Any rogue’s gallery of cable TV misanthropes has to be headed by Larry David (HBO’s “Curb Your Enthusiasm”). But giving “Seinfeld” co-creator David a good run for his money when it comes to hapless, cringe-worthy crankiness is the schlubby, chrome-domed David Cross in IFC’s “The Increasingly Poor Decisions of Todd Margaret.”
This smart, low-budget, American-British series occupies the envious spot on the IFC schedule behind the brilliant hipster spoof “Portlandia” and certainly benefits from the pop-culture cognizance of that show’s devoted audience.
“Todd Margaret: Season 1,” whose six half-hour episodes are now out on DVD, showcases Cross’s peculiar brand of absurdist nerdiness in the role of pathological liar Margaret, a bland cubicle drone who is randomly plucked by his high-rolling, rage-aholic boss Brent (Will Arnett) to head up the London sales office for a new energy drink, Thundermuscle, that’s not only illegal but possibly toxic.
Utterly clueless about everything – sales, standard business practices, energy drinks, British customs, London topography, social cues, common sense – Margaret blusters his way through every conceivable situation, with the bemused aid of his mischievous Brit assistant Dave (Blake Harrison) and the curiously sympathetic encouragement of the lovely chef-restaurateur Alice (an appealing Sharon Horgan).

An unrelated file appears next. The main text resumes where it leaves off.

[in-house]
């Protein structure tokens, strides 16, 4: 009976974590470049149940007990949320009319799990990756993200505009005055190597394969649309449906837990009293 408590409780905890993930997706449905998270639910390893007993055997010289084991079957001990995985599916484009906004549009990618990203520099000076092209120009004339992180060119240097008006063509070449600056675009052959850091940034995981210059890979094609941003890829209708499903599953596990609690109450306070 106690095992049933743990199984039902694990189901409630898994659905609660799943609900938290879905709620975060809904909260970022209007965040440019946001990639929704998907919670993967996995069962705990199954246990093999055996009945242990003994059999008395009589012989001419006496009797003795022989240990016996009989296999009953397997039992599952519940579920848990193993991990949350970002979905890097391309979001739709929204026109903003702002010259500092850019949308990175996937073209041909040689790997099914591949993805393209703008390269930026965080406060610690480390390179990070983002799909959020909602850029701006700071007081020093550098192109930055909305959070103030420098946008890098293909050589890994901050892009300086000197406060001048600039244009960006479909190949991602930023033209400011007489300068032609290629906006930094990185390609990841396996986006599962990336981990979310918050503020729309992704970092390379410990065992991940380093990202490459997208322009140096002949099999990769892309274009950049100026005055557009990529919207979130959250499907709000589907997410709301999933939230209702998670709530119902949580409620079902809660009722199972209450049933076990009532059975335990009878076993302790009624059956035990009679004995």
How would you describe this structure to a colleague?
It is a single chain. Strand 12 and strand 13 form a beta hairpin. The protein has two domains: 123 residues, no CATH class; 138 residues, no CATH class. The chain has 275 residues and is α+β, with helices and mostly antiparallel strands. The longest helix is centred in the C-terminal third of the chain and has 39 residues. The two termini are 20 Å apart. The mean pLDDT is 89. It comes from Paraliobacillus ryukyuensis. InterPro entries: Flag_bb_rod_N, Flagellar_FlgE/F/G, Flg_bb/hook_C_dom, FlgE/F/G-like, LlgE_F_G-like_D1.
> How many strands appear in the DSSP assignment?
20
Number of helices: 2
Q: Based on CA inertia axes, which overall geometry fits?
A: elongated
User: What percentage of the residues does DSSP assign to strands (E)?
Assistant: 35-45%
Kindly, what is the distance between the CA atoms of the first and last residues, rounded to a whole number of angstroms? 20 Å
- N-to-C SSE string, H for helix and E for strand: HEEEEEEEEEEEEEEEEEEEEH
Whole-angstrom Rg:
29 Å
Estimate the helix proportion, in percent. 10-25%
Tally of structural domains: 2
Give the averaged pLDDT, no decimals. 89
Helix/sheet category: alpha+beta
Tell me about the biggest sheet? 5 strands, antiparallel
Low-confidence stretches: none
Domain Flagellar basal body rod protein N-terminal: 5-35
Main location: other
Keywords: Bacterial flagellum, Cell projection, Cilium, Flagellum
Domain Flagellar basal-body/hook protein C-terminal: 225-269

Whenever Margaret is faced with a dilemma or is backed into a corner, his natural instinct is to lie. Much of the hilarity of the series arises from Margaret getting caught in a lie and then boldly upping the ante – building lie atop lie atop lie, with increasingly chaotic results.
Cross, who shares writing credit with Shaun Pye (“Extras”) and Mark Chappell, is a former stand-up comic who first came to fame on HBO’s sketch comedy series “Mr. Show” and appeared along with Arnett in the popular Fox sitcom “Arrested Development.” His stand-up origins seem to invest his work with a kind of surfing-on-the-edge dedication to milking every situation for maximum absurdity.
As the “Todd Margaret’s” creator, Cross has smartly surrounded himself with a top-shelf cast of supporting players and cool cameo actors. Along with very busy Arnett (also currently on NBC’s “Up All Night), a master of comic snarkiness, the series features periodic appearances by game “Mad Men” hunk John Hamm, iconic “West Side Story” gangbanger Russ Tamblyn and cutting-edge film director Spike Jonze (“Being John Malkovich”).
Besides the six original episodes, DVD release includes a bundle of extras, including commentaries by Cross and other cast members, an extended cut of the first episode, several featurettes (in-depth interviews with key players, behind the scenes footage), a reel of bloopers, deleted scenes and a profile of the show’s star and creator titled, “In Remembrance of the Late David Cross.”
- Dennis King